The COVID-19 pandemic forced schools and corporate trainers to move their content online. Teaching and training went remote. But are remote and online learning the same thing? I see the terms used almost interchangeably.
Remote teaching, training, or learning has been done before there was an Internet to get online. Correspondence models and instructional TV/video predate the Internet. Today, we are using Skype and Zoom lectures, apps and tools but remote learning is still considered different from online learning.
I have taken classes and done training remotely that don't have many of the elements of a classroom experience. Things like reading assignments and writing assignments, assessments, collaboration on work, or full discussion boards are not used. For example, I have watched a series of history lectures that were mostly one-way experiences. I watched and although there was an opportunity to ask questions in chat or a Q&A time if you were watching live, this is not online learning.
Online learning should be more robust. It resembles more of what we consider to be "education" and would include interactive modules, assessments based on real-world scenarios, discussion forums designed to discuss and solve problems, synchronous learning sessions that involve discussions and problem-solving. There may still be live or recorded lectures, but that is not the only component.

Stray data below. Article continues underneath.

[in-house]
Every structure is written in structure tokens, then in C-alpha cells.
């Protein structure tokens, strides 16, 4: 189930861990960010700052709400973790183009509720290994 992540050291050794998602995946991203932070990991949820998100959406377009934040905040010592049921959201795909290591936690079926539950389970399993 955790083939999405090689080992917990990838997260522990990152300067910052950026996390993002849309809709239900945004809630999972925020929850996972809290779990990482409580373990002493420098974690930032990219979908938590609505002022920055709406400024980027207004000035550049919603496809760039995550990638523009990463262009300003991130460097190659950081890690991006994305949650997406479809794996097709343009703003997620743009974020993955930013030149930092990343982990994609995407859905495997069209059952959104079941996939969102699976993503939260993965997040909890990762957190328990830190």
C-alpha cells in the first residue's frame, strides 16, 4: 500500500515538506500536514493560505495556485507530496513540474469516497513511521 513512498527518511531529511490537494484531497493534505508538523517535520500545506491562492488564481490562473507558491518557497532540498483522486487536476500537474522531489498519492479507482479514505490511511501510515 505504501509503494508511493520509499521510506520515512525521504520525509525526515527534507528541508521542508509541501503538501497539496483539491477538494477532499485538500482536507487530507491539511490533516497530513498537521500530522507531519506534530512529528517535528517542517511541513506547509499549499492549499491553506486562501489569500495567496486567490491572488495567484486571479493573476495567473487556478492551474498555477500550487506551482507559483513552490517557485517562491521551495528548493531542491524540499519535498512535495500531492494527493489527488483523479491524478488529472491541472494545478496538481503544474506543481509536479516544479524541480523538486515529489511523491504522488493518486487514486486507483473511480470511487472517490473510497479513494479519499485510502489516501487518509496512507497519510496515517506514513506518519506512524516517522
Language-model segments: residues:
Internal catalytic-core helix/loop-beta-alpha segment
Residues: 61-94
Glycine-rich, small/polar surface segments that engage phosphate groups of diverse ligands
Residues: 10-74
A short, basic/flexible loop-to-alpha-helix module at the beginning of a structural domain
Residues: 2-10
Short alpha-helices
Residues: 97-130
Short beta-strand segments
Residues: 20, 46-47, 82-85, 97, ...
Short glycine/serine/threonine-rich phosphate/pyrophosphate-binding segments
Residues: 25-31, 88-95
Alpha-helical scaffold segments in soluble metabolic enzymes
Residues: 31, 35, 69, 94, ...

Remote learning certainly has a place, especially in corporate and training situations. This can be pre-recorded content that can be used as needed, has a shelf life, and can be viewed again by users if necessary. Training on using software is a good example of content that works as remote learning. "But it's all online," you might say, "Why isn't it online learning?" Well, it is and it isn't.
Educators have long been trying to elevate engagement in online learning. It is not training. It requires a teacher or facilitator. Some elements are synchronous. Progress is monitored.
I hedged on my title for this post - "Remote Learning Is Not Necessarily Online Learning" - because fortunately, some training uses the elements that we consider to be integral to online learning. And, unfortunately, some online learning seems to be more like just remote training. And training and education have both been experimenting with hybrid models where learners and instructors can be in the same classroom working together but be extending the classroom online.
Remote learning is not inferior to online learning. It has its place in the broader "learning" experience. Remote learners sitting on their couch at home with a laptop may look the same as students taking an online course, but what is being provided to them, what they are expected to do with that content and what is the final expectations for that learning should be different. Putting a label on learning platforms is tricky, but it is important to know the differences.
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